"The great aim of education is not knowledge but action" -- Herbert Spencer, 19th century English philosopher.
* The Delft Theater building in downtown Marquette has been sold and closed, reports the Mining Journal. The new owners don't plan to revive a theater, but do hope to renovate the structure.
* The money-losing U.S. Postal Service backs off of big plans to close plenty of rural post offices. Now, if the goal is to make government "run more like a business," why would these rural communities oppose the closures? The Postal Service says these operations lose money. Businesses close money-losing operations. What's the missing piece of the equation?:
*Michigan's revamped emergency manager law gets a look through the lens of events in Pontiac. Kudos on the sprightly lead, "An outsider’s first visit to Pontiac, Mich., feels a bit like Alice’s first glance at Wonderland. Everything seems upside down. City Council meetings last for hours, but there is nothing on the agenda. The city has a mayor, but he doesn’t have any authority. There are workers inside City Hall, but they aren’t employed by the city.":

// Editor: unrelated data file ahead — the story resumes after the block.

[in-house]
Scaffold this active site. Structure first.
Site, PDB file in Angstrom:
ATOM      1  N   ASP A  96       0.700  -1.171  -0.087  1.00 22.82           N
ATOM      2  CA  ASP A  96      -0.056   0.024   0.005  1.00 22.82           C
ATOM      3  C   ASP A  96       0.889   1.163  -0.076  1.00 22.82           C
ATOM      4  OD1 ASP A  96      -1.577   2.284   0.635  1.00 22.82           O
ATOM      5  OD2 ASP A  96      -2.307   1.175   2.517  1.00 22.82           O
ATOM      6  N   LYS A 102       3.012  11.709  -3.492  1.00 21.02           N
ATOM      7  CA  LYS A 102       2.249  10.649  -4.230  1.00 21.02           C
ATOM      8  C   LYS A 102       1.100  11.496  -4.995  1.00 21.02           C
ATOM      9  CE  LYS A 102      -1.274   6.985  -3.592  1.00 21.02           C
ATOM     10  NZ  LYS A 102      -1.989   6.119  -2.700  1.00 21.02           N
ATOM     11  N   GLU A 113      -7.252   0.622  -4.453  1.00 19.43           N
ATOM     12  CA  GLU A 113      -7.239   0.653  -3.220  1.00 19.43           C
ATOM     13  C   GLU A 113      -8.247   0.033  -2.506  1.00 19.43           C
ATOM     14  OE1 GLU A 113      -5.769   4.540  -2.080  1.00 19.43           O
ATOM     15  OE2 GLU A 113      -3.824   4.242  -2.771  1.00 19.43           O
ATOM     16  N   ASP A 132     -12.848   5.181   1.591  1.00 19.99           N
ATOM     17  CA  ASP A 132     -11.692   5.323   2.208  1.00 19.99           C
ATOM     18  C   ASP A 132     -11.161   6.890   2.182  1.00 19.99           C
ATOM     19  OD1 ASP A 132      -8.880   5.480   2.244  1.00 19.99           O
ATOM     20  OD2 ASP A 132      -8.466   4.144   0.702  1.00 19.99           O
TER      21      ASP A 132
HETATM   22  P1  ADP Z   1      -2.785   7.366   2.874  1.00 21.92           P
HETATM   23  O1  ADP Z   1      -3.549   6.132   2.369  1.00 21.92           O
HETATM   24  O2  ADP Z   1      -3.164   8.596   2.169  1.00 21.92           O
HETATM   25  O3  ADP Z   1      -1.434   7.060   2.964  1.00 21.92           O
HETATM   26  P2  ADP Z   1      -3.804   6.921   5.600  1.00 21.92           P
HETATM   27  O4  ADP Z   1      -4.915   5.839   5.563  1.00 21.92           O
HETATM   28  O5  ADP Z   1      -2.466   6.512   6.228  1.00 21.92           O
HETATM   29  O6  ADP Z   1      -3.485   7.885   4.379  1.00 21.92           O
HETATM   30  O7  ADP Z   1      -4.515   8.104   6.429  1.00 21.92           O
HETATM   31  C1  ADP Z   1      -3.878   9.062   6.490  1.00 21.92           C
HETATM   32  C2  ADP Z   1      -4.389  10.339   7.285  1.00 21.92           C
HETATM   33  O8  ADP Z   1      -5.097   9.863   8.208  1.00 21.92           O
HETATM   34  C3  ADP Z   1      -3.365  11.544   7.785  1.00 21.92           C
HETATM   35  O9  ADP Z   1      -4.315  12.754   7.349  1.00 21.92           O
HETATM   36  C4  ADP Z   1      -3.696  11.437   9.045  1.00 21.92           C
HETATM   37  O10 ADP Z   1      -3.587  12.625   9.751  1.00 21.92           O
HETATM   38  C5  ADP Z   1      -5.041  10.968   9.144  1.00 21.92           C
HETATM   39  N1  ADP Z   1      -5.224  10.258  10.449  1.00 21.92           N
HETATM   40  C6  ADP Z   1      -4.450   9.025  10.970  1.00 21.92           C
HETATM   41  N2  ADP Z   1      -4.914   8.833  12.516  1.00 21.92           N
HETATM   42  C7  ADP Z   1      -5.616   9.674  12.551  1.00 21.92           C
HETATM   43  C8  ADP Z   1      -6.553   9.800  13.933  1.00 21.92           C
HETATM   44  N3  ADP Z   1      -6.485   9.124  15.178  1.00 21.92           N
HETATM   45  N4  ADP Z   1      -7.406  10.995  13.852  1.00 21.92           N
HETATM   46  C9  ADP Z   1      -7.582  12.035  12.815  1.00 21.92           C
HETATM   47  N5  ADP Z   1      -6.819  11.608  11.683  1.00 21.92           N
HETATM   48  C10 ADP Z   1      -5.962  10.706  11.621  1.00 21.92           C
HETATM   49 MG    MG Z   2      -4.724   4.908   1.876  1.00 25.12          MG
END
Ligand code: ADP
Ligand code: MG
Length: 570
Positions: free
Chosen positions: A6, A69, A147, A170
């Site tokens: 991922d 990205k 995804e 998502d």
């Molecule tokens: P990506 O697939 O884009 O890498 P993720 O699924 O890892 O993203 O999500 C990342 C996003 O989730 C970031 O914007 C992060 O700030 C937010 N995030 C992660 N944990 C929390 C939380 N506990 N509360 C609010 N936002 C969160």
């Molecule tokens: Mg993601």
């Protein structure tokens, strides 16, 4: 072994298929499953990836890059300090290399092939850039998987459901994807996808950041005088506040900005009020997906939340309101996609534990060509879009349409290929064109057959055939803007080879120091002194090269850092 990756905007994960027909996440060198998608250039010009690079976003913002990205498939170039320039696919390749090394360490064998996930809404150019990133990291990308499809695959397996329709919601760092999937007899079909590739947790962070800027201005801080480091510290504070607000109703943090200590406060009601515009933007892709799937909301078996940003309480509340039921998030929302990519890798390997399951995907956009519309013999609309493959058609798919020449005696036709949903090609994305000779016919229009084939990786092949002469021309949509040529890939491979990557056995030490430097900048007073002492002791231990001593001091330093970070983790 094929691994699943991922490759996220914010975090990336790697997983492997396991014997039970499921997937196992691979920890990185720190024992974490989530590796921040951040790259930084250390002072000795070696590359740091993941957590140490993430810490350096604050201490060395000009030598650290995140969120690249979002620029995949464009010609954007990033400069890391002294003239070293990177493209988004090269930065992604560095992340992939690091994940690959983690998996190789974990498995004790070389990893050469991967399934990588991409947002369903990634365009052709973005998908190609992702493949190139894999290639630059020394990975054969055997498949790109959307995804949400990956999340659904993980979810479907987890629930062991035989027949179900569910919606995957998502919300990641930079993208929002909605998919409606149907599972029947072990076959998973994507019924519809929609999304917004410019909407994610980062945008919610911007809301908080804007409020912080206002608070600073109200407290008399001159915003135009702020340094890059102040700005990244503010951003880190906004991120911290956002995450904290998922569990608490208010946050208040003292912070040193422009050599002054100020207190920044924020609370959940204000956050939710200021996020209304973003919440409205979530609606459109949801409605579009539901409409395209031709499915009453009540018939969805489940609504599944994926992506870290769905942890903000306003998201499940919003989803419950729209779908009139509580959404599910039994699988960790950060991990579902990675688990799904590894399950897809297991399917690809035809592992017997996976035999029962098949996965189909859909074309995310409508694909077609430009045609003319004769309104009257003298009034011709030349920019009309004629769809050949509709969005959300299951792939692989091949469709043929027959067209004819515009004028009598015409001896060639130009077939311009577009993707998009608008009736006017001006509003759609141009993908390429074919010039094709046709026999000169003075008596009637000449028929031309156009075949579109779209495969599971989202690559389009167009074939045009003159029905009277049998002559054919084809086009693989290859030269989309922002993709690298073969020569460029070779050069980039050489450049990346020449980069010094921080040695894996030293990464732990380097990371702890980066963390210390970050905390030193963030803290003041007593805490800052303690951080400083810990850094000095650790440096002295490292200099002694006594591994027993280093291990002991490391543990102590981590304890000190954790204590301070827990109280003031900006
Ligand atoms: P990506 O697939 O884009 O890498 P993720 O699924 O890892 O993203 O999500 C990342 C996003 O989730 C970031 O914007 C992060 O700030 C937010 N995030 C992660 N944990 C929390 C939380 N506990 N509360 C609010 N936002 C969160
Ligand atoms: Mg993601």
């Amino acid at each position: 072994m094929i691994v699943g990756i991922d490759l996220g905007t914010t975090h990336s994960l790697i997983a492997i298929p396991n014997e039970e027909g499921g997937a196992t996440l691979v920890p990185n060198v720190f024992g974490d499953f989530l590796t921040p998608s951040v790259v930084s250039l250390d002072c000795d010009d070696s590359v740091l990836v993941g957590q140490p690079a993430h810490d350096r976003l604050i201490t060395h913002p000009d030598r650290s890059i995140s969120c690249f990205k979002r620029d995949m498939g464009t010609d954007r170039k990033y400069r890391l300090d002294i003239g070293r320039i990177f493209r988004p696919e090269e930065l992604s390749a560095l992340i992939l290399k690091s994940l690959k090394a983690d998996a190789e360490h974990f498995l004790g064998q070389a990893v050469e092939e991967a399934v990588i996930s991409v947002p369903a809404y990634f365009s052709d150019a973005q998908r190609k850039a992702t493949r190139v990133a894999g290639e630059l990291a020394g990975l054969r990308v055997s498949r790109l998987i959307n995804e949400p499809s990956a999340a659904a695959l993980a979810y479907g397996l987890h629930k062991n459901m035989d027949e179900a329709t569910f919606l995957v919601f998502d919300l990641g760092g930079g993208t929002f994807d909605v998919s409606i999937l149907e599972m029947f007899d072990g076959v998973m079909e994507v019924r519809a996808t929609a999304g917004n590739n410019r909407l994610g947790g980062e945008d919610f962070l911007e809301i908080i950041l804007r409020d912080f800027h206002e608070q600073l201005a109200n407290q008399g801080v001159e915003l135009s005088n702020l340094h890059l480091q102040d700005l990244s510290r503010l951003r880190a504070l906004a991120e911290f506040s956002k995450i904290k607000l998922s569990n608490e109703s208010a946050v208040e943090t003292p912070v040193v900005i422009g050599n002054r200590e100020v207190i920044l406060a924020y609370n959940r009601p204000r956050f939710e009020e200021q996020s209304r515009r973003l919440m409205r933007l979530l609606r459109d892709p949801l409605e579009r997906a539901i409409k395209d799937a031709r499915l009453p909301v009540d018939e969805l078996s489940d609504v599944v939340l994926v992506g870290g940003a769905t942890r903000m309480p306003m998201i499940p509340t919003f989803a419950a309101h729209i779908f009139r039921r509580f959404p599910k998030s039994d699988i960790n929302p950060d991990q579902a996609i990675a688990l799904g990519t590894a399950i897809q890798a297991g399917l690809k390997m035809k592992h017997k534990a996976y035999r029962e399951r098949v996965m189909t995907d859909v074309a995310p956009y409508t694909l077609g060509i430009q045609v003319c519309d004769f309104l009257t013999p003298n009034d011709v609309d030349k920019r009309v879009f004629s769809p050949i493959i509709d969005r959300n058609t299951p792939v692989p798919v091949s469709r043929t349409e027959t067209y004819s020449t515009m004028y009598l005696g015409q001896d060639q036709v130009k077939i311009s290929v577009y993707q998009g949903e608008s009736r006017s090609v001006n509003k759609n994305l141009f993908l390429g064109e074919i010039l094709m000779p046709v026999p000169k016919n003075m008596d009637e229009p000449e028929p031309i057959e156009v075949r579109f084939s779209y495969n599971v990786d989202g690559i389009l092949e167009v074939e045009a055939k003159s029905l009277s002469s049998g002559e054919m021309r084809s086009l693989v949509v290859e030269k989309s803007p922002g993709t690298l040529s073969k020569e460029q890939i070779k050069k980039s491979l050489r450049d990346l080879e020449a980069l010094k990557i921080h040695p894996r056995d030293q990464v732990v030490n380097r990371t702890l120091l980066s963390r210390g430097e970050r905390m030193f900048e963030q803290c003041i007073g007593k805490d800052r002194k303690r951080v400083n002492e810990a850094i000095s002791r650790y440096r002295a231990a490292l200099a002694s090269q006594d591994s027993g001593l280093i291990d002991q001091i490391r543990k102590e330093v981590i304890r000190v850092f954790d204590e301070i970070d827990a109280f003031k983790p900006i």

* Why cities matter: Detroit may have its share of woes, but its Metro Airport is one of the nation's busiest -- and its offerings provide Michigan links to the rest of the world, such as this news that Delta Air Lines is making its direct service to Paris year-round:
* This post goes against so much of the grain of what passes for media analysis these days, so it may confuse many readers. Here's a commenter who has written a book about an issue (land use) who receives validation of his theories from another commenter -- AND not only declines to trumpet it, but to say the data doesn't prove his thesis on this one point. Honest intellectual inquiry in U.S. media -- what a concept!: